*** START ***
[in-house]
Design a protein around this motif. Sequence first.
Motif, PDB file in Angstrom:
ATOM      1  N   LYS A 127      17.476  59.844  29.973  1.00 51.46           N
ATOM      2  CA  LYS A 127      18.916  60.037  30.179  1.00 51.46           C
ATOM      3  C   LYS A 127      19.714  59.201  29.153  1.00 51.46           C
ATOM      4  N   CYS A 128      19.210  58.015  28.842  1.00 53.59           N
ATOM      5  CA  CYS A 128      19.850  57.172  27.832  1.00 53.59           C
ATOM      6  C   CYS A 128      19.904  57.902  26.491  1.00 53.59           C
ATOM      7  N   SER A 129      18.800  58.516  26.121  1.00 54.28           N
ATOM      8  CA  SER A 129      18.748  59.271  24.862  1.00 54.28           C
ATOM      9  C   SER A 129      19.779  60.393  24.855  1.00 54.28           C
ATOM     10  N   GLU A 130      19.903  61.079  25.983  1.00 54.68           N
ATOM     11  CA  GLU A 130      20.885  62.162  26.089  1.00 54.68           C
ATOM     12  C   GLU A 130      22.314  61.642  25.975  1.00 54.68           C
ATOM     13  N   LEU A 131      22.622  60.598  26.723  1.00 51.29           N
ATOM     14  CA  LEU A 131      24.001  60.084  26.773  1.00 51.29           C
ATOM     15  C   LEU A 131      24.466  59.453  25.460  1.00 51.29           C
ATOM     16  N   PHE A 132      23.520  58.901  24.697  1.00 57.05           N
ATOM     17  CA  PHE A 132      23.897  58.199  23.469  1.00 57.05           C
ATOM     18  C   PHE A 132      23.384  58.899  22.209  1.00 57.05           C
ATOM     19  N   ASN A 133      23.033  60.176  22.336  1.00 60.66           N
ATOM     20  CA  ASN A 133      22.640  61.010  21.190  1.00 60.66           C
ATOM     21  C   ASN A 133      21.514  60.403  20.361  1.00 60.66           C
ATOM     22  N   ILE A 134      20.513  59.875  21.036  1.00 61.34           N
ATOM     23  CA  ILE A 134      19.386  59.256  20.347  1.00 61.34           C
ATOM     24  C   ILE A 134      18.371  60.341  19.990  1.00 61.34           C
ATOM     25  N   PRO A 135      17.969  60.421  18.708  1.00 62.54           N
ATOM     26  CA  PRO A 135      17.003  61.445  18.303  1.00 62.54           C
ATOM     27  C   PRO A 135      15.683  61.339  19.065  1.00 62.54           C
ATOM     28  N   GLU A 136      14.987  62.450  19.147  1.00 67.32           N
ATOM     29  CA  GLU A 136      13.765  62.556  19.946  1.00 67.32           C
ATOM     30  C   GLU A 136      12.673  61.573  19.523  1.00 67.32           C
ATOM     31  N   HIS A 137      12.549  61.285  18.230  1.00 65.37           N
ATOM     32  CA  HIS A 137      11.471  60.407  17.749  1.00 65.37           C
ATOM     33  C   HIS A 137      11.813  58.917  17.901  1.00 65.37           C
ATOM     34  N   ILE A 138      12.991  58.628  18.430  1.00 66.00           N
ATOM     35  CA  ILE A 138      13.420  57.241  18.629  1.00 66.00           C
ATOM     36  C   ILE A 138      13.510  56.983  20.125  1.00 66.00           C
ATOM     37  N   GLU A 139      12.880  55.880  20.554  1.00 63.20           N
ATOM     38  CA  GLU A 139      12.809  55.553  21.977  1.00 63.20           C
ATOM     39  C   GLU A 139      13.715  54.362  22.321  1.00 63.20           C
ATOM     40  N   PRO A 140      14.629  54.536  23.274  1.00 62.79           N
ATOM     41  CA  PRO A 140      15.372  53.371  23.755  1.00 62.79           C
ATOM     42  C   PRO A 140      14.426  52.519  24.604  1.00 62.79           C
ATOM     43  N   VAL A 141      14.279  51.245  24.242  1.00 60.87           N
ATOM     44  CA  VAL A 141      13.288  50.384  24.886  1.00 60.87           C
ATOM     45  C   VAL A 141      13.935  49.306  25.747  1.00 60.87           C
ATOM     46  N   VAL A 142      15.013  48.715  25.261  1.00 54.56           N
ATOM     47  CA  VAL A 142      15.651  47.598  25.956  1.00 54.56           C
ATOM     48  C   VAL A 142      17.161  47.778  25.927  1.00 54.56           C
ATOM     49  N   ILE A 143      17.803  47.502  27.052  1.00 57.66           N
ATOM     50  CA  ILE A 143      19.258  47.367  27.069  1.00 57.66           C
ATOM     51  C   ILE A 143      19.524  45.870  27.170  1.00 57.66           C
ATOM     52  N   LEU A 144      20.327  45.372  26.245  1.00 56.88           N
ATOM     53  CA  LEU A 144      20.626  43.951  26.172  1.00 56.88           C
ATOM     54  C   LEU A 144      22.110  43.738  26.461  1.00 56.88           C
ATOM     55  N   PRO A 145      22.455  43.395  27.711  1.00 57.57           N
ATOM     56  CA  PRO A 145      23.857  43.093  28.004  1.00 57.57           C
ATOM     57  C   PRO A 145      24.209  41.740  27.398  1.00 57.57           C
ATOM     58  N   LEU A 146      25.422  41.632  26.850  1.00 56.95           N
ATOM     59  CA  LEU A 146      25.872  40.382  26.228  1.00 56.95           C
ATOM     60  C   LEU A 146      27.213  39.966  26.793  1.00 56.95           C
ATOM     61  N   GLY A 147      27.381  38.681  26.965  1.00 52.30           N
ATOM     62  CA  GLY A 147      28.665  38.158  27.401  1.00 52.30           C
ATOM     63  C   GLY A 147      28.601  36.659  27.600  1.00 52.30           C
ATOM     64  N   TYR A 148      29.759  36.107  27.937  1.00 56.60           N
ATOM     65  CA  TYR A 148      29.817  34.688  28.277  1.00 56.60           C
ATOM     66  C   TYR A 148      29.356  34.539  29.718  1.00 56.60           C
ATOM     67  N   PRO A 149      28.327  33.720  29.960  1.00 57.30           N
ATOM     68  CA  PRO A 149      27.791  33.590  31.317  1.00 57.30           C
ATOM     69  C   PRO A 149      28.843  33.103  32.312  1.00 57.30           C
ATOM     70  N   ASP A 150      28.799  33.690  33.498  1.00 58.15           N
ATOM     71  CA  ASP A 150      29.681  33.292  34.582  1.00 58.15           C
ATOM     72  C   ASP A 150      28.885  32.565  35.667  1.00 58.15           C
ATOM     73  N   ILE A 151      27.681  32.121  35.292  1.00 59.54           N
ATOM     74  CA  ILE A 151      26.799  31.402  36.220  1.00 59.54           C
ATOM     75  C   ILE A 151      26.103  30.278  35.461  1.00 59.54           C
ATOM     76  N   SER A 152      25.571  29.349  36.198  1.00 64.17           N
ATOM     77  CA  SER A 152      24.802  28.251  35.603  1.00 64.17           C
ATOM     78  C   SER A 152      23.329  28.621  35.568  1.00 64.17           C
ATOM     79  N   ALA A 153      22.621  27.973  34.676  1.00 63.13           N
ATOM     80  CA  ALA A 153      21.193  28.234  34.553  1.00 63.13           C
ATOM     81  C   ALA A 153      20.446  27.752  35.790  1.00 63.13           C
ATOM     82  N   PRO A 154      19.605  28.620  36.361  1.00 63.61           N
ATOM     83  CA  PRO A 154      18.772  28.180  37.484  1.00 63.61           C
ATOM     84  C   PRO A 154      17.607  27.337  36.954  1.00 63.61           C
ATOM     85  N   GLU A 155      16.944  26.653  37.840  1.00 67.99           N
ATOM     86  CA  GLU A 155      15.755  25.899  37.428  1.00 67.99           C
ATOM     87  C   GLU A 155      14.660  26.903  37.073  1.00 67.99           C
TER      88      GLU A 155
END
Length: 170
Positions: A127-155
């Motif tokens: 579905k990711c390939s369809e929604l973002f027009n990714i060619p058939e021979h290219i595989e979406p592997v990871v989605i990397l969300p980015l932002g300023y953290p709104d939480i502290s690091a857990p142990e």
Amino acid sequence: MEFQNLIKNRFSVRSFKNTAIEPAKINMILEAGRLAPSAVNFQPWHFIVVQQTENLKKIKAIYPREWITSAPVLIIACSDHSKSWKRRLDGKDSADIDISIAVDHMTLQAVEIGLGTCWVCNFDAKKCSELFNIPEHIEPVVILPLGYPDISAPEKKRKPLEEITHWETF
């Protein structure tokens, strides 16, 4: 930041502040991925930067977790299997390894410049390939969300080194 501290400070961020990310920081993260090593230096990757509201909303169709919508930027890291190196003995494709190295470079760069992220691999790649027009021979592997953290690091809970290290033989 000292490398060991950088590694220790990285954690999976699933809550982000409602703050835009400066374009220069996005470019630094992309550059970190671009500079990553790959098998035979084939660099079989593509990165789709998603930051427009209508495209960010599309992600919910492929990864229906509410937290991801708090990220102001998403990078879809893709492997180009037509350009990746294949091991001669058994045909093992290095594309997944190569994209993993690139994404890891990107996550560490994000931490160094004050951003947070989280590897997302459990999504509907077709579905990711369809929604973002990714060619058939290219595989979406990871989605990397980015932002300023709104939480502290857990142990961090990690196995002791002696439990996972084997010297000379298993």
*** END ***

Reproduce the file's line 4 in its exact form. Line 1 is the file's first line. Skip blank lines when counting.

ATOM      1  N   LYS A 127      17.476  59.844  29.973  1.00 51.46           N